The Modi government's first full-year Budget due on February 28 is widely expected to deliver a credible medium-term fiscal consolidation and growth revival plan for India. While we expect the FY15 fiscal deficit target of 4.2 per cent to be met despite soft tax collections, I expect the Budget to stick to the fiscal consolidation roadmap with the fiscal deficit target for FY16 at 3.6 per cent of GDP. However, unlike past years, the revenue and expenditure targets in the Budget need to be realistically framed. At the same time, the Budget should spell out a credible fiscal consolidation strategy over the medium term, which is both highly anticipated and required.
Given the political mandate with this government, the Budget should unfurl a series of wide-reaching reforms that break the shackles and allow the Indian economy to move towards 9 per cent plus growth rate. These reforms will also enable India to take a pre-eminent place among emerging economies and help attract large dollops of investment.
Some of the structural reforms needed in this Budget include concrete roadmap for implementation of Goods & Services Tax, tax incentives to the manufacturing sector under its 'Make in India' programme, and specific measures to give impetus to low-cost housing.
Low-cost housing is high on the government's agenda and it plans to replace slum clusters with low-cost housing by 2022.
The Budget is also expected to improve tax administration by widening the tax net and correcting inverted duty structures. Financial savings are also likely to get a boost since domestic savings as percentage of GDP has declined from 36.8 per cent in FY08 to 30.1 per cent in FY13, led by a sharp drop in household financial savings as more people resorted to purchasing physical assets. I expect the Budget to further relax the threshold limit under Section 80C, reduce the tenure of term deposits to claim tax deduction to three years, raise tax exemption limits for various allowances, and increase the deduction limit for health insurance premiums.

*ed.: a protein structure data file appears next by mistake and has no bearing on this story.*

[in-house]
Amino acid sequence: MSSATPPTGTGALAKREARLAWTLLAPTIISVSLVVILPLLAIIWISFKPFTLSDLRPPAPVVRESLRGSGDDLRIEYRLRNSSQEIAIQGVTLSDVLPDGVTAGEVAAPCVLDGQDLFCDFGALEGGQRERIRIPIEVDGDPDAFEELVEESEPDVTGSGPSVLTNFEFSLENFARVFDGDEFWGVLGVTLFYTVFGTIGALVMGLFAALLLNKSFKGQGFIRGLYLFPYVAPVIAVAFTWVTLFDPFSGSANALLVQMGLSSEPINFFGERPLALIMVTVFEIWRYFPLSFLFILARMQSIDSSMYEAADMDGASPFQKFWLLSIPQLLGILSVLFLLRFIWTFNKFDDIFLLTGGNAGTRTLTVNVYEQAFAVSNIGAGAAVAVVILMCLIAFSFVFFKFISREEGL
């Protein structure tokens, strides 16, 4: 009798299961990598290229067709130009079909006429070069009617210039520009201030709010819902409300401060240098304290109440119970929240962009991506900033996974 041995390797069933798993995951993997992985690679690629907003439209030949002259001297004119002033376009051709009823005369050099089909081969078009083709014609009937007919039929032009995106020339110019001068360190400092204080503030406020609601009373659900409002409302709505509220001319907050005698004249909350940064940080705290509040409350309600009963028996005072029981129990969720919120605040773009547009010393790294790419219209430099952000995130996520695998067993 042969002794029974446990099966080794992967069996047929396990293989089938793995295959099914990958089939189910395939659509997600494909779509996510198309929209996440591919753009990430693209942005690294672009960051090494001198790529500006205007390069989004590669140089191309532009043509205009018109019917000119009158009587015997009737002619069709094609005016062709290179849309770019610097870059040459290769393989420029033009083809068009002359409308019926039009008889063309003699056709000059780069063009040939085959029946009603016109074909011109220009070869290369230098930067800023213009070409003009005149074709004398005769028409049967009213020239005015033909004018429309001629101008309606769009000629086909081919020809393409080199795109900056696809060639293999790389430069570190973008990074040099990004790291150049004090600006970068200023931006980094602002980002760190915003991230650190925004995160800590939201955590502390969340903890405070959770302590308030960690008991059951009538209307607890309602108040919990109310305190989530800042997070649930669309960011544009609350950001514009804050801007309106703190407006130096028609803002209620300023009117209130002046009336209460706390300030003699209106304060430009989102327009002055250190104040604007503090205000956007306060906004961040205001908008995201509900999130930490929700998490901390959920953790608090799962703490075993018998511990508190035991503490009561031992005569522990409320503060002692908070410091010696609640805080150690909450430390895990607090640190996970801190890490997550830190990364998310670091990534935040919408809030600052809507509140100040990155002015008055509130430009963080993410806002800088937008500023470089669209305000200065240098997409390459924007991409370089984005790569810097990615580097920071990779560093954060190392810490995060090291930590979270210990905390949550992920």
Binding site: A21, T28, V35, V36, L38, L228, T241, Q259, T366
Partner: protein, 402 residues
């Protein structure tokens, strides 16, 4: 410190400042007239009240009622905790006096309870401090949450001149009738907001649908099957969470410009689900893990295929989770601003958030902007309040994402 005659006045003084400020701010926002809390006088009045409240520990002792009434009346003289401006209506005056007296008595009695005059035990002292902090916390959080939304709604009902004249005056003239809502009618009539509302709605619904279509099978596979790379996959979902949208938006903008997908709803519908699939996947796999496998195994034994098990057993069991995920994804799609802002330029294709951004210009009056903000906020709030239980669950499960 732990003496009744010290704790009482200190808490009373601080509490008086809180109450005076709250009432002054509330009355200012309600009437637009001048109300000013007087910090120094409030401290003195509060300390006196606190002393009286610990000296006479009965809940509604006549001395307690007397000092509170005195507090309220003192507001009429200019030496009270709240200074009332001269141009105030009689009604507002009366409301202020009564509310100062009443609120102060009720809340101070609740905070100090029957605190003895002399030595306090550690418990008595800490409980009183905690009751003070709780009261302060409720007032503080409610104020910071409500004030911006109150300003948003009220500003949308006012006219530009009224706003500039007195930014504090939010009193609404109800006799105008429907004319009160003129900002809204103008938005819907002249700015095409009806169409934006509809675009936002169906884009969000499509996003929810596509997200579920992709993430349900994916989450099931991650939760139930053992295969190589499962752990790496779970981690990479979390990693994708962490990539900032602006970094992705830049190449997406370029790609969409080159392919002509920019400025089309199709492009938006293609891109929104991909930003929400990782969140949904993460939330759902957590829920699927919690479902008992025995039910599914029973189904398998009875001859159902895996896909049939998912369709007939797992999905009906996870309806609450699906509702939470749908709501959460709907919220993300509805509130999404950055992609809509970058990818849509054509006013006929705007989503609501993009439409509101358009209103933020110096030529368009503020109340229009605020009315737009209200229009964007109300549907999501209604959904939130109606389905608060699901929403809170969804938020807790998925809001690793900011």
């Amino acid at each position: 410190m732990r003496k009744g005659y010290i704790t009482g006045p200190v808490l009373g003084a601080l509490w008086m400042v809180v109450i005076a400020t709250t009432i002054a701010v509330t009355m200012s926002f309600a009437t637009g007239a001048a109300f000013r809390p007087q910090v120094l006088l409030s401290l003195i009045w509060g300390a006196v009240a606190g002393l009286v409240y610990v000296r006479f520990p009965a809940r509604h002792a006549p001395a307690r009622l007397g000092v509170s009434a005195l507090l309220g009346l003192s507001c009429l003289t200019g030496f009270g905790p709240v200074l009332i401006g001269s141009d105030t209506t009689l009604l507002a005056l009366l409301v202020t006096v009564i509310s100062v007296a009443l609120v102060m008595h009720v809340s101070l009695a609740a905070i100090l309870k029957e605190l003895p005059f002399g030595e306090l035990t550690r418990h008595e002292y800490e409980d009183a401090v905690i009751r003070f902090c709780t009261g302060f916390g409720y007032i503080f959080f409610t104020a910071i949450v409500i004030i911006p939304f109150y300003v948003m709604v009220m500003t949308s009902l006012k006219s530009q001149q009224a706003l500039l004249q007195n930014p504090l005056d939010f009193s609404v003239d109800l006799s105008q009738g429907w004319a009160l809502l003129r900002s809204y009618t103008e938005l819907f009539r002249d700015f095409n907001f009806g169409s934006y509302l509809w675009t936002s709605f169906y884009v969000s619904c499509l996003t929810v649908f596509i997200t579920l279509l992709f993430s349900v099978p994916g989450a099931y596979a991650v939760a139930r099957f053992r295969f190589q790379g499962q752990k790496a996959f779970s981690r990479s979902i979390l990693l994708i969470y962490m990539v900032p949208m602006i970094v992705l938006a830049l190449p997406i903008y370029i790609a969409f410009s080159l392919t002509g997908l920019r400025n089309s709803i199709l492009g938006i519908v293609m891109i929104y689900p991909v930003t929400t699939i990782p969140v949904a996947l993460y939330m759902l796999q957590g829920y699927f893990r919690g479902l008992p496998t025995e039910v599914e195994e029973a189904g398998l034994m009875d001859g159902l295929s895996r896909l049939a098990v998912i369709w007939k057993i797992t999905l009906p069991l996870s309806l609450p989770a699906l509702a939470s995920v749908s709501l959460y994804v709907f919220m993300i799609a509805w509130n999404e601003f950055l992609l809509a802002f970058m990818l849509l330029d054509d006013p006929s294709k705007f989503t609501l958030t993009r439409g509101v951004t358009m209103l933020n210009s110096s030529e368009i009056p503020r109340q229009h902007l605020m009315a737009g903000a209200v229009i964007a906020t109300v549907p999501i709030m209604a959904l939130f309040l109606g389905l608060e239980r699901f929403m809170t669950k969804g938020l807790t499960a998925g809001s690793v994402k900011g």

Among other measures, the Budget should reduce Minimum Alternate Tax from the current 18.5 per cent on Special Economic Zones to incentivise investments in the sector. It must also take advantage of the current sharp drop in oil prices and rationalise subsidies on fuel. Along with subsidy rationalisation, extension of direct cash transfer coverage is crucial to prevent leakages.
With the expected drop in the subsidy bill to 1.6 per cent of GDP from 2.0 per cent in FY15, largely led by the decline in oil subsidies, the government will have the leeway to step up capital expenditure and thus support economic growth amid still weak corporate sentiments. A higher capital expenditure will allow the government to create long-term assets, boost demand and create jobs.
The author is Group CEO, Religare Enterprises